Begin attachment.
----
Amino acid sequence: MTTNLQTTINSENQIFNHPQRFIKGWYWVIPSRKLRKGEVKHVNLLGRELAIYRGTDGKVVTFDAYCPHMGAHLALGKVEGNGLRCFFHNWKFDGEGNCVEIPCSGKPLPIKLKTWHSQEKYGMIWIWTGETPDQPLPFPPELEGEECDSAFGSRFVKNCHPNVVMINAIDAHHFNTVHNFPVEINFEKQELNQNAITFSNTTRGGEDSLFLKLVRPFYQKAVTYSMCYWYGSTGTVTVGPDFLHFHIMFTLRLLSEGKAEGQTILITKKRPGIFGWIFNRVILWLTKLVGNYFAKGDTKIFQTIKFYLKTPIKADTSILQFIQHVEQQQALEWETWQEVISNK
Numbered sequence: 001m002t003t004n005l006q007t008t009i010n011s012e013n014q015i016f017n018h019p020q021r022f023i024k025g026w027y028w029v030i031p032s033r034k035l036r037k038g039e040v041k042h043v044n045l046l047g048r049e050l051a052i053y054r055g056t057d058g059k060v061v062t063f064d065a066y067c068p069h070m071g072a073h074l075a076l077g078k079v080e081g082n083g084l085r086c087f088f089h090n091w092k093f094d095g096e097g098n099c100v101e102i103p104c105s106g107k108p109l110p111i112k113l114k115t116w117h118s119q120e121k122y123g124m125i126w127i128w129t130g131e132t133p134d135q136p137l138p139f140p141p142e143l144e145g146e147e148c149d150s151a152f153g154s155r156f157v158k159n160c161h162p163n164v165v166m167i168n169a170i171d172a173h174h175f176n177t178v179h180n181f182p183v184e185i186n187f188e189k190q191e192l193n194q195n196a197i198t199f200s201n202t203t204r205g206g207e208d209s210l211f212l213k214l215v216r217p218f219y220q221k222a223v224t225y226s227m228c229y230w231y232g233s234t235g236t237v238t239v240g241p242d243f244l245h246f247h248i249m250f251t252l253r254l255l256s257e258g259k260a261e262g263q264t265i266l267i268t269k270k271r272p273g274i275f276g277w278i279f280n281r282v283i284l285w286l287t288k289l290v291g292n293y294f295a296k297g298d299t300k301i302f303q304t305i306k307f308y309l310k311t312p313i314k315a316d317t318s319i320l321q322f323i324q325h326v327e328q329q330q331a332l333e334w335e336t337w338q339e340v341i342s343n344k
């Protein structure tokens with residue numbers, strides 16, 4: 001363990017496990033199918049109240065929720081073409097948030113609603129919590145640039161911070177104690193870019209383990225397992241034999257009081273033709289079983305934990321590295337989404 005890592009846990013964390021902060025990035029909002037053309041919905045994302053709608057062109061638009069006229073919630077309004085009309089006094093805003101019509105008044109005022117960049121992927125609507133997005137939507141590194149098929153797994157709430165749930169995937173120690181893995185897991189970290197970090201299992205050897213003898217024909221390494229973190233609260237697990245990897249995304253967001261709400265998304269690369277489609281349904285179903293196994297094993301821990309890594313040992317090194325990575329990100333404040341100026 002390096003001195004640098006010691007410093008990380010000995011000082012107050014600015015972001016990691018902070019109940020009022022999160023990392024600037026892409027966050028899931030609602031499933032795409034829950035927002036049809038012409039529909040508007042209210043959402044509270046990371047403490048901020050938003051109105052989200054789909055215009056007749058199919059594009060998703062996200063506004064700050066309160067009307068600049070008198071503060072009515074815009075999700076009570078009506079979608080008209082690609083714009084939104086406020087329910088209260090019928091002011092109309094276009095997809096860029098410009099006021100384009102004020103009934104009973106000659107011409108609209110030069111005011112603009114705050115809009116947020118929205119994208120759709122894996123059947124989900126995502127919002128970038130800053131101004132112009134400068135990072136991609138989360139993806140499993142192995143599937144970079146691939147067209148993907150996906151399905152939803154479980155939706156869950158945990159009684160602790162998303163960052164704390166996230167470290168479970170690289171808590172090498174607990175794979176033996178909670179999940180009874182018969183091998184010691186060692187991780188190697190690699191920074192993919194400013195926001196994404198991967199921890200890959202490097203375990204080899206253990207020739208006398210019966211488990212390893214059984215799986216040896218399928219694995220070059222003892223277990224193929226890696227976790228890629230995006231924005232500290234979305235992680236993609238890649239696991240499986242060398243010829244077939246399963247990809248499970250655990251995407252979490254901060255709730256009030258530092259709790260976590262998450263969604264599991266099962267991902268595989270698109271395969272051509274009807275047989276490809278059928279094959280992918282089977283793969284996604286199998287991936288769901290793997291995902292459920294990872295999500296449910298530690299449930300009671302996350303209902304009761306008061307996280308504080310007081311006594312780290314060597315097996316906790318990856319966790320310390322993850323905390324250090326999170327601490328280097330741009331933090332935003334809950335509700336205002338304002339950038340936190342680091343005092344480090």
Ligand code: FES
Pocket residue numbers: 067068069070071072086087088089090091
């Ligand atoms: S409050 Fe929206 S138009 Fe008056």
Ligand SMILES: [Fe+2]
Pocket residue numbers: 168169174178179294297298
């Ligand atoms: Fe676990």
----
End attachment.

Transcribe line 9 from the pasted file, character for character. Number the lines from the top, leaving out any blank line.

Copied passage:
């Ligand atoms: Fe676990």